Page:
- Middle East/North Africa
At least 63 percent of Egyptians are against the current practice of undocumented verbal divorce, known as "triple talaq", while only 16 percent support it and 21 percent are undecided, according to a poll conducted by the Egyptian Center for Public Opinion Research (Baseera).
Baseera issued a number of polls about the new proposals to change various personal status laws, specifically those about verbal divorce without documentation and the paternal custody of children.
In Febraury, President Abdel Fattah al-Sisi called on al-Azhar Grand Imam Ahmed al-Tayyeb to approve the issuance of a new law tightening divorce procedures for Muslims -- including the annulment of verbal divorce. Egyptian law currently grants a Muslim husband the right to divorce his wife in her absence and without her knowledge. He may initiate and conclude all the divorce procedures himself, only letting her know at the final stage.
The president suggested that divorce should only be legal if done in the presence of a maazoun, a cleric authorised by the government to administer marriage and divorce.
However, after few weeks, a group of Islamic scholars, headed by al-Tayyeb, unanimously agreed that verbal divorce in Islam is valid and divorce comes into effect once the husband verbally divorces his wife, without the need to document it or have witnesses to the divorce.
Baseera's poll showed that women are slightly more opposed to undocumented verbal divorce with 67 percent against it, compared to 60 percent of men. Surprisingly, respondents with lower-level education are the biggest supporters of the proposed bill, as 63 percent of these respondents were against undocumented verbal divorce, compared to 57 percent of respondents with a higher educational level.
Only 12 percent of respondents with a lower educational level support undocumented verbal divorce, compared to 30 percent among those with a higher education background.
The poll showed that a third of the Egyptians surveyed are following up the arguments for and against the new proposal, 59 percent are people with higher educational levels compared to 26 percent with less than intermediate education.
In December 2016, Baseera conducted a poll about a bill submitted to the Parliament on child custody agreements. This bill would grant full custody to the father if the mother remarried after their divorce.
The poll showed that only 17 percent of Egyptians have heard about this bill, and 24 percent of these respondents were older than 50 compared to young people who made up 12 percent. From an educational angel, only 13 percent of those with a lower education background have heard about the bill, compared to 30 percent of respondents who had a higher educational level.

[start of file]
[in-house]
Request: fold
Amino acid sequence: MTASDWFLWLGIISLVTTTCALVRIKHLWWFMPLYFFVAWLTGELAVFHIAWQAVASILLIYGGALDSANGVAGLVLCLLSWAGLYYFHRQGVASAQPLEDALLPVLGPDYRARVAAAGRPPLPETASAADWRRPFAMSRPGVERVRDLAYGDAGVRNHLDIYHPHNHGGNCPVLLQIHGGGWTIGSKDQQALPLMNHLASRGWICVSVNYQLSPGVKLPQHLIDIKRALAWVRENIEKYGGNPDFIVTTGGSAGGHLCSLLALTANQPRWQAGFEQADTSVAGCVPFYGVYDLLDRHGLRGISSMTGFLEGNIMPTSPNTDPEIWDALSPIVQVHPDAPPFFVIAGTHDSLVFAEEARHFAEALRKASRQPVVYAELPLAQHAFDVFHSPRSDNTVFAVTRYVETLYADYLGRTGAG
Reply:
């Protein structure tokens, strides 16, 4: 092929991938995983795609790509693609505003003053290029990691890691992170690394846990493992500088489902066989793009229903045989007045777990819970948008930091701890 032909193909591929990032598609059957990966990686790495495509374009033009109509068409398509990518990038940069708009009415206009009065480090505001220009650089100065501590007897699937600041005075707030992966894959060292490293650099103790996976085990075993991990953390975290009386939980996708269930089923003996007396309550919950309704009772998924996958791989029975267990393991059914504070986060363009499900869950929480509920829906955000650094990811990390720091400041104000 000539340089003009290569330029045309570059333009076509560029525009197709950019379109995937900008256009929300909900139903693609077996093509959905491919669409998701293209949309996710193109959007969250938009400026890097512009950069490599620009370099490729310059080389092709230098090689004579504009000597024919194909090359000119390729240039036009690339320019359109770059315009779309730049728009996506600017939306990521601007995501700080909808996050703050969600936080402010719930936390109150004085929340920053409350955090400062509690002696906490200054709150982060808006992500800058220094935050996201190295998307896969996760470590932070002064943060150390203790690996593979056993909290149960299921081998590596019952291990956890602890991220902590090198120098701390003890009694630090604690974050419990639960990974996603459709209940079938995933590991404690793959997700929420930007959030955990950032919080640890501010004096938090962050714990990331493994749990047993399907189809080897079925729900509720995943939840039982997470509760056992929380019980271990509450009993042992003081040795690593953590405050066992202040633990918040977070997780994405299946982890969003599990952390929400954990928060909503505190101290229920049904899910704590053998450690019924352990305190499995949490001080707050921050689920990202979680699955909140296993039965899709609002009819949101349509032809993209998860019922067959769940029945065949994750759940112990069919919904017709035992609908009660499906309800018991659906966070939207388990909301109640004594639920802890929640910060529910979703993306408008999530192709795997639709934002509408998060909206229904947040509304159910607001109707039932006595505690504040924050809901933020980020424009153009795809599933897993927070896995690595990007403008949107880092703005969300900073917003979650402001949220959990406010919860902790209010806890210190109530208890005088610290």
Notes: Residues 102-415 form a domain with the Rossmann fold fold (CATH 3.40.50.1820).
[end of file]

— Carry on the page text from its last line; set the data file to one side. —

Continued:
After reading a summary of the proposed bill to the respondents, 35 percent of Egyptians said they agree with this proposal, while 56 percent rejected it and 9 percent could not decide.
Men showed the most support for the bill at 46 percent, compared to 24 percent of women. Subsequently, 68 percent of women rejected the bill compared to 44 percent of men polled.
Education played a significant role in determining people's opinion, as 38 percent of supporters for the bill had a lower-level education compared to 29 percent of respondents with a higher education background.
Supporters of the bill were asked the reasons for their approval: 31 percent said it is better for a father to raise his children than a stepfather; another 31 percent said a strange man (the stepfather) should not raise the biological father's girls; while 10 percent said the father should take responsibility for raising his children, and 8 percent said the father has better parenting skills than the mother.
For those opposing the bill, 35 percent believe the mother will take care of and raise the children better than the father; 23 percent said a mother's presence is better than a stepmother; 12 percent said the mother should have the priority for caring for her children.
While 9 percent said children depend on their mother more than their father. A final 7 percent had a completely different point of view, saying it is better for the grandmother to raise the children in such a case.
The polls were conducted using landline phones and mobile phones. The most recent poll took a probability sample of 1509 citizens aged 18 and above in February 2017.
The December poll included 1515 citizens in the same age group covering all Egyptian cities. The interviews were conducted from 20 to 22 February and 12 to 15 December. The response rate in the two polls was about 42 percent and the margin of error in the results was less than 3 percent.